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Epic Games exposes Google's shady Play Store practices in ongoing legal battle

The Google Logo in Black and White under a sepia shade
The Google Logo in Black and White under a sepia shade (Image credit: Android Central)

What you need to know

  • Court documents filed by Epic describe shady practices by Google to keep its tight hold on the Play Store.
  • One project apparently paid top game developers to keep them from moving away from the Play Store.
  • Another program reportedly secured deals with OEMs to limit third-party app stores on their devices.

While Epic's fight with Apple continues, the battle between Epic and Google heats up as newly unredacted documents reveal ways that Google sought to maintain its grasp on the Play Store and app developers.

Court documents from Epic describe various ways that Google has allegedly coaxed developers and OEMs from straying from the Play Store. Many of these practices have been called out in ongoing litigation against Google. However, the documents from Epic Games appear to provide more detail about Google's activities.

First pointed out by The Verge, "Project Hug" was a program that Google implemented after fears that Epic would influence other top gaming developers to forgo the Play Store for their own distribution channels. The program apparently involved Google spending "hundreds of millions of dollars on secret deals" with top developers that were at risk of competing with the Play Store.

As explained by Android executives in internal documents, Project Hug, which was created and developed alongside Project Banyan, was "a hug developers close and show love plan", or "a surge plan to throw extra love/promotion to top developers and games (including Tencent portfolio companies)".

It appears that many developers were concerned about revenue share and considered moving to their own distribution and payment platforms. However, Google was reportedly able to secure most of these developers into the program.

Additionally, the court documents highlight Google's "Premier Device Program" (via The Verge) that provided OEMs of the best Android phones with a larger share of Google's search revenue provided they limit their devices from access to third-party app stores.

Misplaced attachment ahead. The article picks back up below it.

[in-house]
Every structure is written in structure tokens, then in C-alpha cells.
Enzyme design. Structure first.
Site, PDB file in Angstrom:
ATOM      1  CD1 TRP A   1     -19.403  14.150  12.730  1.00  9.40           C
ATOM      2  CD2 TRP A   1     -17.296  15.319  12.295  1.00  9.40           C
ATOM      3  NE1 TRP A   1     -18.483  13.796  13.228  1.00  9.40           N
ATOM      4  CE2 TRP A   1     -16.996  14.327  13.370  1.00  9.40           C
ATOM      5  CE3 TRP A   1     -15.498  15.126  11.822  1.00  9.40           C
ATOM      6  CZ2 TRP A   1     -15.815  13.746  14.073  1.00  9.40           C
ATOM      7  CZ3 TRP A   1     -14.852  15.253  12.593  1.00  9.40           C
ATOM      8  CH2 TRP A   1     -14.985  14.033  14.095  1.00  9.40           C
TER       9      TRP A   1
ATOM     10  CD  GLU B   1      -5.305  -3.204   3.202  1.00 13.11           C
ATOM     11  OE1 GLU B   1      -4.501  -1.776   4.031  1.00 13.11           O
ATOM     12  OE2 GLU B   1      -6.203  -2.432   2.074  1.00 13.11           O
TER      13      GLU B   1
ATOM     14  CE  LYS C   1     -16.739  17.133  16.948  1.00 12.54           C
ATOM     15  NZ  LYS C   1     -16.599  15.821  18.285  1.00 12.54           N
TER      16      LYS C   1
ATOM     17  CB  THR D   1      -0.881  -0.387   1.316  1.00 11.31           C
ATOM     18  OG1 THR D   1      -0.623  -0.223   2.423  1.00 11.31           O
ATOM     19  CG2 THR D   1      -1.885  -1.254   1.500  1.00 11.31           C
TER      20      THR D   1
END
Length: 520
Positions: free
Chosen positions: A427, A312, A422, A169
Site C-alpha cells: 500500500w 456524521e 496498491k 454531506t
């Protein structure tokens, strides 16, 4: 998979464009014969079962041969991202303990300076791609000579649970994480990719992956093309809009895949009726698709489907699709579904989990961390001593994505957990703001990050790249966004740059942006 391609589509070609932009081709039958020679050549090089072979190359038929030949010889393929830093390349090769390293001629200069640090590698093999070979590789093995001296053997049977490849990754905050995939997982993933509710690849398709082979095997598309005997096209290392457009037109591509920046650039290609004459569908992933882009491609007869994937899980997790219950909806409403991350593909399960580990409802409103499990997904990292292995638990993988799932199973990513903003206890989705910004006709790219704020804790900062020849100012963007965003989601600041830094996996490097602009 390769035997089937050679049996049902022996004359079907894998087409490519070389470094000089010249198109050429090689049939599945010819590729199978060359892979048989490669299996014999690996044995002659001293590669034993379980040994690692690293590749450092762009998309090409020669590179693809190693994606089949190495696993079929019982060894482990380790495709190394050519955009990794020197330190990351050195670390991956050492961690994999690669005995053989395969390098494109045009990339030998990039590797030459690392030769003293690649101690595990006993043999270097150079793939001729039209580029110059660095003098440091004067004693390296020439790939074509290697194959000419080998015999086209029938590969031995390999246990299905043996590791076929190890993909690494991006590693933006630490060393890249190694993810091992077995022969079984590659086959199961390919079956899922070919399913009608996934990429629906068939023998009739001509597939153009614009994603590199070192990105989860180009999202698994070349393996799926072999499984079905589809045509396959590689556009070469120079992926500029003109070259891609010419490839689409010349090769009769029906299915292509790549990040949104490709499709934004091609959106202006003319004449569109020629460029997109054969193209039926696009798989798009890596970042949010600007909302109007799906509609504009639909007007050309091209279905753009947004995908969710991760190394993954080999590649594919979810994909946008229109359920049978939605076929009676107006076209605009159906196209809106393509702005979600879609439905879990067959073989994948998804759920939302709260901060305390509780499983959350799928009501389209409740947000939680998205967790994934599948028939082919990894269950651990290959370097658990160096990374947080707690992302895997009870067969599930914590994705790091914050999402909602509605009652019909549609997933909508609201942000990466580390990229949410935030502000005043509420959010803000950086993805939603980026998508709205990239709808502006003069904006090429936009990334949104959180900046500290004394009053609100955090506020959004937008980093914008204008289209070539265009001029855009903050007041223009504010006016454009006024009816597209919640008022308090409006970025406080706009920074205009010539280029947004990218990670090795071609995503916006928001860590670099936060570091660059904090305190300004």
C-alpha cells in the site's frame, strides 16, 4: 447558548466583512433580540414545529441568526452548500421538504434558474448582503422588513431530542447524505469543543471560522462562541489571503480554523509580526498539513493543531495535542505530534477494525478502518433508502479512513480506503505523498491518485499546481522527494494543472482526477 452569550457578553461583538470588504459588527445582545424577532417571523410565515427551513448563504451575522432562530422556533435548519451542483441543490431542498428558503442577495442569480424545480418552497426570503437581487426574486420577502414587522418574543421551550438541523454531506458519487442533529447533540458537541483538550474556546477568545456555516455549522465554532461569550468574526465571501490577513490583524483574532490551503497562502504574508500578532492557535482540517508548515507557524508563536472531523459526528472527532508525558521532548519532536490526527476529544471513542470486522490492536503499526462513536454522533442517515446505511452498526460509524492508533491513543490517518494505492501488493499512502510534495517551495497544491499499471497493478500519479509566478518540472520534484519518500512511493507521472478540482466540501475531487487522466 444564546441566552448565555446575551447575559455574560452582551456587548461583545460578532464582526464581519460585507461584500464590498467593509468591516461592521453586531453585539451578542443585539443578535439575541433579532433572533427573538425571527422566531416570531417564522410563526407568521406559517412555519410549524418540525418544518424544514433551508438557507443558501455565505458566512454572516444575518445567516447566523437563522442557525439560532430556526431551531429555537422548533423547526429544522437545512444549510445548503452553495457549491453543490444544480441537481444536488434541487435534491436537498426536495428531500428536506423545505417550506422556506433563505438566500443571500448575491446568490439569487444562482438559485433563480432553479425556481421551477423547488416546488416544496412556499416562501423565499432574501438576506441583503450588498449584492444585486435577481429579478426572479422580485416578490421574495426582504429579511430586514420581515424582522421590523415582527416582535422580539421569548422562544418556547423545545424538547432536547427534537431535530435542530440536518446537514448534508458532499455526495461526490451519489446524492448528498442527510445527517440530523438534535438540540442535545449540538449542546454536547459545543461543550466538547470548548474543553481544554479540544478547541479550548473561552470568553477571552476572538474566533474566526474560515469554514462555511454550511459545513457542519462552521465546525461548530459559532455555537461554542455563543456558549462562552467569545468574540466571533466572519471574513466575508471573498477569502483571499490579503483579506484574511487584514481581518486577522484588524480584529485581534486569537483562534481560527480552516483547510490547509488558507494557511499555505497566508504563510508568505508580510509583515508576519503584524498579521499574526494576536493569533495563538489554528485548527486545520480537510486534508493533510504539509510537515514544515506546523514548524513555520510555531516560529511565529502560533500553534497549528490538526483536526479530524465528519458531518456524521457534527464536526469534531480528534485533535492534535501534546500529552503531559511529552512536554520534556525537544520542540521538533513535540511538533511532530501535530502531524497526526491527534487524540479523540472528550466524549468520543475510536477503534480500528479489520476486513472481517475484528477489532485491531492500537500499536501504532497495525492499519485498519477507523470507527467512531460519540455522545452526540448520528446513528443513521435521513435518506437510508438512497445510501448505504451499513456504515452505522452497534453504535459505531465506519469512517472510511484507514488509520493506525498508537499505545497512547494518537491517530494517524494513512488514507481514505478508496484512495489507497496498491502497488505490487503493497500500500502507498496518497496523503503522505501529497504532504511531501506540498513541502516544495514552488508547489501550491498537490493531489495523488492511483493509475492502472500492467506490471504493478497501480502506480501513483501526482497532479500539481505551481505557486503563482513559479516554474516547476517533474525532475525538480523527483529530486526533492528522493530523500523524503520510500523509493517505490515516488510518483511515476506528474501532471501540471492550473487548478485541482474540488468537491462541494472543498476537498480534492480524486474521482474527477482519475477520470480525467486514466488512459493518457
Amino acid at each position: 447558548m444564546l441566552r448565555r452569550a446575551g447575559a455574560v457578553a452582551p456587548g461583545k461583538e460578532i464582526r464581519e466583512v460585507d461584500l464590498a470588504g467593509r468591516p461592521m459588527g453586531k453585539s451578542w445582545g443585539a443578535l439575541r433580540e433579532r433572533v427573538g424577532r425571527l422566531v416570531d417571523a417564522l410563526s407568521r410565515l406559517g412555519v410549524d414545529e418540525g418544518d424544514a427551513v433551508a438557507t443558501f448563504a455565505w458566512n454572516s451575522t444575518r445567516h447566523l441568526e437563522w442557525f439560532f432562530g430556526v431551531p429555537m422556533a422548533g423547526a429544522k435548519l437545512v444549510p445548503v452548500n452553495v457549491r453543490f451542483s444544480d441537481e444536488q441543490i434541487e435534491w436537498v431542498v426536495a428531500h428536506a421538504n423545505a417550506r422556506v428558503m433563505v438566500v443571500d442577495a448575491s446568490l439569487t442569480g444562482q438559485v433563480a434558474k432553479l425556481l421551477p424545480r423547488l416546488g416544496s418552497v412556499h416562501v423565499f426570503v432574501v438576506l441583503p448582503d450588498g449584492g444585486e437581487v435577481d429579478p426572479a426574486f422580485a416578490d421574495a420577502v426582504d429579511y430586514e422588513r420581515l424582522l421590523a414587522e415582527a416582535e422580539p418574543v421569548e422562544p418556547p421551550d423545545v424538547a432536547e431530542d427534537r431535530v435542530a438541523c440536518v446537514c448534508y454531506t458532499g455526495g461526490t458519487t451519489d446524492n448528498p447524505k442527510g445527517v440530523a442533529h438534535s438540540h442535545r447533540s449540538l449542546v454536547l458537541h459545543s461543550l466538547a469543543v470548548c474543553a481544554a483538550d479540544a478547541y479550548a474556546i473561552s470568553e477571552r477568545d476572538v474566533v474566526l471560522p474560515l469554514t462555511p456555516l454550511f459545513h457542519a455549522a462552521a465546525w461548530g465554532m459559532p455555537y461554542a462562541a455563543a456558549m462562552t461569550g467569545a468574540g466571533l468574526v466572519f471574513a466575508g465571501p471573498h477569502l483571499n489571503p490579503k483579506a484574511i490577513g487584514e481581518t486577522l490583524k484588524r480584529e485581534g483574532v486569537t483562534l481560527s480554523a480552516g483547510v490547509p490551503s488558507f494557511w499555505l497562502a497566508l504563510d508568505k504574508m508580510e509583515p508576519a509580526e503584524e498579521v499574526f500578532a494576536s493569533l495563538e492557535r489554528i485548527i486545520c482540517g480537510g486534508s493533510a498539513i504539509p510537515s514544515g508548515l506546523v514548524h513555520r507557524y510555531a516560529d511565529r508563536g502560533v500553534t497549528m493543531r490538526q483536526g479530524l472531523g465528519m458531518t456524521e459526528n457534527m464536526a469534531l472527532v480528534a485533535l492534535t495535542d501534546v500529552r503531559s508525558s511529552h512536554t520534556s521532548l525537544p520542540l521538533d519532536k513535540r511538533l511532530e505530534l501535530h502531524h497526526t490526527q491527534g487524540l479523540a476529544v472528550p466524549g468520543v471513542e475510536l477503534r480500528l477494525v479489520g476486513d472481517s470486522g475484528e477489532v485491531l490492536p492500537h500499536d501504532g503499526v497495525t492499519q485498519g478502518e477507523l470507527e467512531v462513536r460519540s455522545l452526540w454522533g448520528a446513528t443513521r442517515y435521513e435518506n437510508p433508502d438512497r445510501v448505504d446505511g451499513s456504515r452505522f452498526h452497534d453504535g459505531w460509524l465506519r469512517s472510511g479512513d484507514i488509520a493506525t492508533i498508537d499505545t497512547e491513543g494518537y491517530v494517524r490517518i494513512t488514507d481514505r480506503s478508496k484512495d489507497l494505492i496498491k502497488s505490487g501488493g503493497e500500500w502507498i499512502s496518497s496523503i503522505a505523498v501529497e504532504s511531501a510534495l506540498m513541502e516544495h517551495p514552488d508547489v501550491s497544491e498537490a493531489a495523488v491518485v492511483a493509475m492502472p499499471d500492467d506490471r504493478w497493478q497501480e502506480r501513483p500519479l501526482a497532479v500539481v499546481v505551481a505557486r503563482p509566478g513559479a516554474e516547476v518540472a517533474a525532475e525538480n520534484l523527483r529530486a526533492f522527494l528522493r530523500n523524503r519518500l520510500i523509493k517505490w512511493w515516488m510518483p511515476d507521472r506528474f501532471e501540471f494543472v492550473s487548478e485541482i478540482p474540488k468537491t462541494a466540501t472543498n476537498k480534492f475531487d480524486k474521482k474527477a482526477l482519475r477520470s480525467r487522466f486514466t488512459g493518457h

The program also mandated that the Google App Store be "placed on the Default Home Screen and Google Play app is set as default marketplace for applications, games, books, movies, music, and all other digital content (including subscriptions)." Devices in the program would not be allowed to preinstall any third-party app stores as a requirement.

Google did not immediately respond to our request for comment on either program.

The document highlights problems that have been laid out in the various lawsuits targeting the Play Store, including limiting third-party app stores from competing against the Play Store and requiring the use of its own billing system for in-app purchases.

Meanwhile, Google says that its Play Store policies benefit developers and consumers. The company has maintained that Android gives users more choice than other operating systems and that devices often ship with other app stores, such as the best Amazon Fire tablets.

Despite that, it remains clear that Google is facing an uphill battle with the litigation piling up against its Play Store policies.

Derrek is a long-time Nokia and LG fanboy who loves astronomy, videography, and sci-fi movies. When he's not working, he's most likely working out or smoldering at the camera.

1 Comment
  • Not sure why this is big news or come as a shock to some. To me this is standard practice in the business world, you see a competitor as a threat you analyze it then take the best course of action on how to deal with it and go about executing that plan. Nothing out of the ordinary as far as I am concern. Reading about this story, it seems the issue is with the community who bought into all the pr talking points Google fed them over the years about how open Google and Android is while they were sabotaging everything behind the scene. Anyone who paid any attention beyond the standard talking points could see what was actually doing. While everyone was crucifying Apple for having a walled garden (which by the way is their right to do) Google went about doing the same with just a twist (sideloading). Just allowing that allowed them to keep pushing the idea they were open and their fanatics took it and ran with it. Now those same folks are trying to reconciled how they got played (maybe they don't care, they just did not like Apple so it does not matter what Google did). I am here to say to those folks, welcome to the real world.